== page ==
Not Too Big, Not Too Small
by Jim Corbran
2015 Subaru Forester
When the SUV craze hit years ago, most of them were behemoths which were difficult to park, expensive to buy, and unable to pass a gas station without veering in.
Luckily, that phase has passed. And it happened with help from manufacturers such as Subaru, who have for years offered the practicality of all wheel-drive in an affordable, and very driveable, package.
The newly refreshed 2015 Forester is a case in point. It seats five, has plenty of storage space behind the back seat, gets relatively good gas mileage (EPA-estimated 24/32 city/highway with the 2.5-liter engine and the automatic transmission), and has a starting list price of only $22,195 (with a six-speed manual transmission).
Getting into the Forester last week at Northtown Subaru I also noticed a few other things which have probably made these smaller, AWD vehicles so popular: they’re easy to get into with a higher ride height than a standard car; outward visibility is excellent, with glass all around, a low beltline, and no trunklid lurking somewhere below the rear windowline like many cars today (which makes them awfully tough to back up—even with rear camera wizardry); and even though they’re somewhat compact in size, there’s plenty of passenger space, even for six-footers like me.
The test car, presented again by Mike Stepien of Northtown, was the Premium 2.5i model, one step up from the base 2.5i, and below the 2.5i Limited and Touring models. If you’ve read this far I’m sure you can figure out that the 2.5 models come equipped with the aforementioned 2.5-liter, 170-hp four-cylinder Boxer engine, attached to either the six-speed manual (2.5i and Premium only) or CVT. There are two other Forester models available: the 2.0XT Premium, and Touring. These have Subaru’s 2.0-liter turbocharged Boxer engine, which puts out 250 hp, and is connected to a high-torque CVT with paddle shifters and six- and eight-speed manual modes. As you can imagine, this is a much more sporty model, and includes three different driving modes and 18-inch wheels.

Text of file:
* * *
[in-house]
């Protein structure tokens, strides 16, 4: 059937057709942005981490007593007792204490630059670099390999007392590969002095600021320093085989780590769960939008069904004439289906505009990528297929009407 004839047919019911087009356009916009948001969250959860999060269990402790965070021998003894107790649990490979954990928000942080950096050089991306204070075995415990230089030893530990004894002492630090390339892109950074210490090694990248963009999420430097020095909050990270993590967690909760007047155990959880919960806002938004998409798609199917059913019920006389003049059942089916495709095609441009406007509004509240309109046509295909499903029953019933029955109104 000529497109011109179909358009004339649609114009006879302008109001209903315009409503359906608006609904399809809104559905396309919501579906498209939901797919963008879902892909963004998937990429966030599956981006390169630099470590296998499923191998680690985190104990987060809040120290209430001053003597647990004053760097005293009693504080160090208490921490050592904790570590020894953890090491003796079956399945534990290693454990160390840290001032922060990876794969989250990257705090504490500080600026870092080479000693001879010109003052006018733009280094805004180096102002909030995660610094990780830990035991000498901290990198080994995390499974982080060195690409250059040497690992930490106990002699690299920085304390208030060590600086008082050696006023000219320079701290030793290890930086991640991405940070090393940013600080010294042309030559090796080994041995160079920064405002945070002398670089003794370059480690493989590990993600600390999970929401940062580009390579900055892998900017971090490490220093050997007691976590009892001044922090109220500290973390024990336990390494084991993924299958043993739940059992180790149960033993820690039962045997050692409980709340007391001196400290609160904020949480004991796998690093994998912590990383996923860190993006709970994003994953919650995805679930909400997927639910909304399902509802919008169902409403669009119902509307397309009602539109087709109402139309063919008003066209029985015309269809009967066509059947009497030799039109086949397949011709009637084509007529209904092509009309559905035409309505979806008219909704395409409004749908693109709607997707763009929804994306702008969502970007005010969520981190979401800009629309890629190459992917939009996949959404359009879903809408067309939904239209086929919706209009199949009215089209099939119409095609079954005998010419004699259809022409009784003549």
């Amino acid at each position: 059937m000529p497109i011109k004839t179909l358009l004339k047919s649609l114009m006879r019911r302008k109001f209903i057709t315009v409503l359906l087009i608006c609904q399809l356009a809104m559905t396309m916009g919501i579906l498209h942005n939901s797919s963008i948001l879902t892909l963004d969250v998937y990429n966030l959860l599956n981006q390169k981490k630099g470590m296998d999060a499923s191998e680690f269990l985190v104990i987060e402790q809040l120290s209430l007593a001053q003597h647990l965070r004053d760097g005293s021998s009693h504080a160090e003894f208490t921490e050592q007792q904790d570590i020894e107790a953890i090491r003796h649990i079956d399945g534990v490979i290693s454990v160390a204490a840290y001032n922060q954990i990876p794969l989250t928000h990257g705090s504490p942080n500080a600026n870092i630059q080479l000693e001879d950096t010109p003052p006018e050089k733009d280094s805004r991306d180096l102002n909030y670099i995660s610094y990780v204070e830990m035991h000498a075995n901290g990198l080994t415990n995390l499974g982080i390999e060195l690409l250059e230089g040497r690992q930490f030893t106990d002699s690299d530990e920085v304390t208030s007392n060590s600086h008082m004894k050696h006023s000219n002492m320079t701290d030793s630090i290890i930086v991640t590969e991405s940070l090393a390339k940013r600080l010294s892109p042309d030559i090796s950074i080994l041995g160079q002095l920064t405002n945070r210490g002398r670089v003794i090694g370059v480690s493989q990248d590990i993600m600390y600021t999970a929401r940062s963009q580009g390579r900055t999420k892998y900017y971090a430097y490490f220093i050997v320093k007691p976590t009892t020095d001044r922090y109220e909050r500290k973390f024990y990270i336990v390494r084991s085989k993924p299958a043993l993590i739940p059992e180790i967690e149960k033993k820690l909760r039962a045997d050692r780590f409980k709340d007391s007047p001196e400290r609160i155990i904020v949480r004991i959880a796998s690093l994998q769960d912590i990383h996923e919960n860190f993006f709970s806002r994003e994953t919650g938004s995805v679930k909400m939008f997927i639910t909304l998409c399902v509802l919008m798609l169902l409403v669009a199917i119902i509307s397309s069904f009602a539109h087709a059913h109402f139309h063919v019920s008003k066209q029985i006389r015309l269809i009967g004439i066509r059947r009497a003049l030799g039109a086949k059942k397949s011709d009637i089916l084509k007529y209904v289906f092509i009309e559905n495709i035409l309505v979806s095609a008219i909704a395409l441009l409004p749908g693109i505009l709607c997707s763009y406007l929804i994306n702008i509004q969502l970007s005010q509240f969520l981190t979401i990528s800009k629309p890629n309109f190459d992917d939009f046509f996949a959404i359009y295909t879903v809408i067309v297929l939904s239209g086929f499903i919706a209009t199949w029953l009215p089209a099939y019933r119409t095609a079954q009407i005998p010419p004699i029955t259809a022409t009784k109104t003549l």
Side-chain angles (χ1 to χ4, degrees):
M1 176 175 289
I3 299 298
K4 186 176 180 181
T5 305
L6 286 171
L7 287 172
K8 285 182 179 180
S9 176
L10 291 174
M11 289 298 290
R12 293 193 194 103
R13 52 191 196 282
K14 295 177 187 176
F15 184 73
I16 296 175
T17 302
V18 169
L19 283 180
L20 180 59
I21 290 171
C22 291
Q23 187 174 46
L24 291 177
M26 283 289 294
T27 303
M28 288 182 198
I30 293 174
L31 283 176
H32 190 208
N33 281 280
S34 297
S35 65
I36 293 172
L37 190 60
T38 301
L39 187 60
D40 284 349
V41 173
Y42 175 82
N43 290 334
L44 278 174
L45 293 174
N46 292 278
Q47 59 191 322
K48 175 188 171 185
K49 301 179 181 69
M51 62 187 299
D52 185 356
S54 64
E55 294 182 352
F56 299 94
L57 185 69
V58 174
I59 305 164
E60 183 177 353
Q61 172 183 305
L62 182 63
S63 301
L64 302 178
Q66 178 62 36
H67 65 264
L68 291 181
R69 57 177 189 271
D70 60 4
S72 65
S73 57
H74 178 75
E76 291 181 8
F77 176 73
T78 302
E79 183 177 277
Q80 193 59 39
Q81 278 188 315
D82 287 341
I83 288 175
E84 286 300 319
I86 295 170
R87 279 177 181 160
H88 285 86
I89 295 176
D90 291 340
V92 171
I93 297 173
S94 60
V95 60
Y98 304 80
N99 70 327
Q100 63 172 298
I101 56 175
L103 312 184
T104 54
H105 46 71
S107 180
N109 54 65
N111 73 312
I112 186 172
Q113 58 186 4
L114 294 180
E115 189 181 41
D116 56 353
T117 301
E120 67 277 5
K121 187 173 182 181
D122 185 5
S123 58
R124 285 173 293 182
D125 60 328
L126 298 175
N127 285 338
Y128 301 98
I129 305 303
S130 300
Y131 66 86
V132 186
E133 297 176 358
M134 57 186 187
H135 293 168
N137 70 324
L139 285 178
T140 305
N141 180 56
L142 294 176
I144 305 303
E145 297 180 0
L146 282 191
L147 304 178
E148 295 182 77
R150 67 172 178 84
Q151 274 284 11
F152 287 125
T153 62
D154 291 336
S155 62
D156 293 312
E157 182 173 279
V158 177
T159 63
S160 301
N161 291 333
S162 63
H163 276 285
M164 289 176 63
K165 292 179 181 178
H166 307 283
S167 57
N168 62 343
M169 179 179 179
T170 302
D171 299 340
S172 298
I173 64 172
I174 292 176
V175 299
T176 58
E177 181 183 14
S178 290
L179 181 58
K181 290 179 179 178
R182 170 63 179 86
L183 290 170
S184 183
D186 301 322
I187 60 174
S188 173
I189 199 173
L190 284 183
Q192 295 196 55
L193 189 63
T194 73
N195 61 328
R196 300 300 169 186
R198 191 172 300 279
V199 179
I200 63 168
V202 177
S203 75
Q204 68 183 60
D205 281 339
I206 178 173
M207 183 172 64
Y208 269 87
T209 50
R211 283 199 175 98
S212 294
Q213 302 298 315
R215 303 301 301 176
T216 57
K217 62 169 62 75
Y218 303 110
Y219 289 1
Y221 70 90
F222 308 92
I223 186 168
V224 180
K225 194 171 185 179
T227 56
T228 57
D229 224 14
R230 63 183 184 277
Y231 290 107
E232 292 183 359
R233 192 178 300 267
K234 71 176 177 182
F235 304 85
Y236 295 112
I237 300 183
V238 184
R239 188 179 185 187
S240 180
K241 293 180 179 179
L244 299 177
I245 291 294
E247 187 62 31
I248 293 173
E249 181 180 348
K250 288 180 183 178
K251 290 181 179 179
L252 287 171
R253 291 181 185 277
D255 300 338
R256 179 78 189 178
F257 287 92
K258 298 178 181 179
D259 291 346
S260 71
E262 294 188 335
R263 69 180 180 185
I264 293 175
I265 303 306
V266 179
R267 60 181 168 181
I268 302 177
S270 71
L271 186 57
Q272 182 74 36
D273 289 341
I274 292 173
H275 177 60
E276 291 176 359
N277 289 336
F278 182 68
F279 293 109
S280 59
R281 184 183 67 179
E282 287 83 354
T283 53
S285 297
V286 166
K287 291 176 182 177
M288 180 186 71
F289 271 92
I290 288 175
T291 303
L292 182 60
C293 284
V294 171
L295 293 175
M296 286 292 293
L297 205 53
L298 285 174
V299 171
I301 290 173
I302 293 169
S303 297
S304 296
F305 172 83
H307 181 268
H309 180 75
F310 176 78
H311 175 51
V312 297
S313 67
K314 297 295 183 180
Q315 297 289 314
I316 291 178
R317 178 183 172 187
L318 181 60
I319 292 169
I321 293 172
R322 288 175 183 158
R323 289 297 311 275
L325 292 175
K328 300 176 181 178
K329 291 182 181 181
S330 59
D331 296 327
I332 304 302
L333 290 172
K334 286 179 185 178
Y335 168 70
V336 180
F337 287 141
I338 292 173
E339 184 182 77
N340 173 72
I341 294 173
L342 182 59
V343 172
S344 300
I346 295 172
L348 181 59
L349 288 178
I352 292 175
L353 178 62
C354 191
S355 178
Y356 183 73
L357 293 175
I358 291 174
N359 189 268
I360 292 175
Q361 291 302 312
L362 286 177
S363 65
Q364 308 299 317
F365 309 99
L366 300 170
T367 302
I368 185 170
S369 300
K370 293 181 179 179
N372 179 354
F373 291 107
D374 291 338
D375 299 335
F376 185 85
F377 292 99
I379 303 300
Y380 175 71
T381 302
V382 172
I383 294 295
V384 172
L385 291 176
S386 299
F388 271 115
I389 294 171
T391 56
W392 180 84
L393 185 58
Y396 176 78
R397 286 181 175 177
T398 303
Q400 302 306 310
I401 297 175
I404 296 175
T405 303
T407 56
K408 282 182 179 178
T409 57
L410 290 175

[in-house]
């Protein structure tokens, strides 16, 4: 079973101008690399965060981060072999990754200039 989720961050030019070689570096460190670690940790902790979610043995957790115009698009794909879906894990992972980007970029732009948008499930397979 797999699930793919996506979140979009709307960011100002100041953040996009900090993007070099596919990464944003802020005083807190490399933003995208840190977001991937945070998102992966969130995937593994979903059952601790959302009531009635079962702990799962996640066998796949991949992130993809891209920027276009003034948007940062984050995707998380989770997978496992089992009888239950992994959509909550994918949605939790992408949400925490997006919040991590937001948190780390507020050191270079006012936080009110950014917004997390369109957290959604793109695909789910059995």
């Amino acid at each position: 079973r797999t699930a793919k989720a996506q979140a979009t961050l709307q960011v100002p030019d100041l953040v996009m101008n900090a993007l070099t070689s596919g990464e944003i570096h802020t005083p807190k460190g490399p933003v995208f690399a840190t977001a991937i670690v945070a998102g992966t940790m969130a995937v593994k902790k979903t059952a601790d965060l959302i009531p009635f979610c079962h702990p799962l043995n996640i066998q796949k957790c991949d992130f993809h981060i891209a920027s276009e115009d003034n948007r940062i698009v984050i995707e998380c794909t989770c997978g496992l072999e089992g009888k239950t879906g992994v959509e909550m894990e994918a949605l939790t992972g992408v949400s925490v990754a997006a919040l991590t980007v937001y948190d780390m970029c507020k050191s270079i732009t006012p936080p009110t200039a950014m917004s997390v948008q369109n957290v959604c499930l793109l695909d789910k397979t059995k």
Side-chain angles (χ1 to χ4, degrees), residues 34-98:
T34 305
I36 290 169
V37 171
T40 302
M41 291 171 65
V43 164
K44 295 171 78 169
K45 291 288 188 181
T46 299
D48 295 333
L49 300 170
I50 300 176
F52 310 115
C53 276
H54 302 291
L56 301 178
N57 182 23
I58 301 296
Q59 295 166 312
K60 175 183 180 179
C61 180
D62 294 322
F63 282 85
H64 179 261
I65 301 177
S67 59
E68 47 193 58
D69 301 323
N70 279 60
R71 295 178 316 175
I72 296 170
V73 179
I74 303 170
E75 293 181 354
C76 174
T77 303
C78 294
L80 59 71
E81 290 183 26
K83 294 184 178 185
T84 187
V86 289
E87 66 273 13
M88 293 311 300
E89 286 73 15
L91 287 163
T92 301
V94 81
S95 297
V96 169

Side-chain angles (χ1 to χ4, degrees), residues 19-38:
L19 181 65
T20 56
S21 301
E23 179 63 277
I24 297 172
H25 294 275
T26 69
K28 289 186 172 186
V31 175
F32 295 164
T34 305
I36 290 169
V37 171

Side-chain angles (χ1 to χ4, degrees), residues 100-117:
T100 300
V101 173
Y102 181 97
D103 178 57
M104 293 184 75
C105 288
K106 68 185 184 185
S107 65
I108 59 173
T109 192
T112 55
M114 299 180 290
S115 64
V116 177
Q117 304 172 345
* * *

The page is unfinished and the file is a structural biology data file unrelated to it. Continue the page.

All Foresters (and most Subarus) come with Subaru’s Symmetrical All Wheel-Drive System. What this does is send power to all wheels simultaneously for what Subaru describes as maximum traction and acceleration. While there are different systems used by Subaru depending on the car’s transmission, they basically perform the same task. Usually there’ll be somewhere around a 50/50 or maybe 60/40 torque split between front and rear axles during normal conditions; this can transform up to 80/20 or 20/80, or 90/10 or 10/90 depending on traction conditions. There are myriad of web pages with photos, diagrams, and paragraph-upon-paragraph explaining the engineering of it all, but I don’t pretend to understand any of it. I just know that it works. Somehow.
Driving the 2.5-equipped Forester can best be described as “non-offensive.” I don’t imagine that too many people shopping in this category are looking for blazing speed. And they won’t be disappointed. It’s by no means sluggish, but it just does what it needs to do. The steering and braking systems are both responsive with no surprises, and I had no problem with the controls, although one web review complained about the complicated stereo controls. Huh? Left knob for on/off, right knob for tuning—doesn’t get much easier. Theirs must have had the optional nav system, which can often complicate the audio controls when they’re all integrated into one unit.
All 2015 Foresters now have a standard backup camera, which shares a screen used for readouts on your mpg, the stereo, or a nifty electronic analog clock for your time-telling pleasure.
The new Forester should have no problem staying at or near the top of the list of small SUV buyers. Snow, or no snow.
More info at: subaru.com.
Read more of Jim Corbran's You Auto Know every other week in Artvoice, and more frequently on Artvoice Daily.blog comments powered by Disqus
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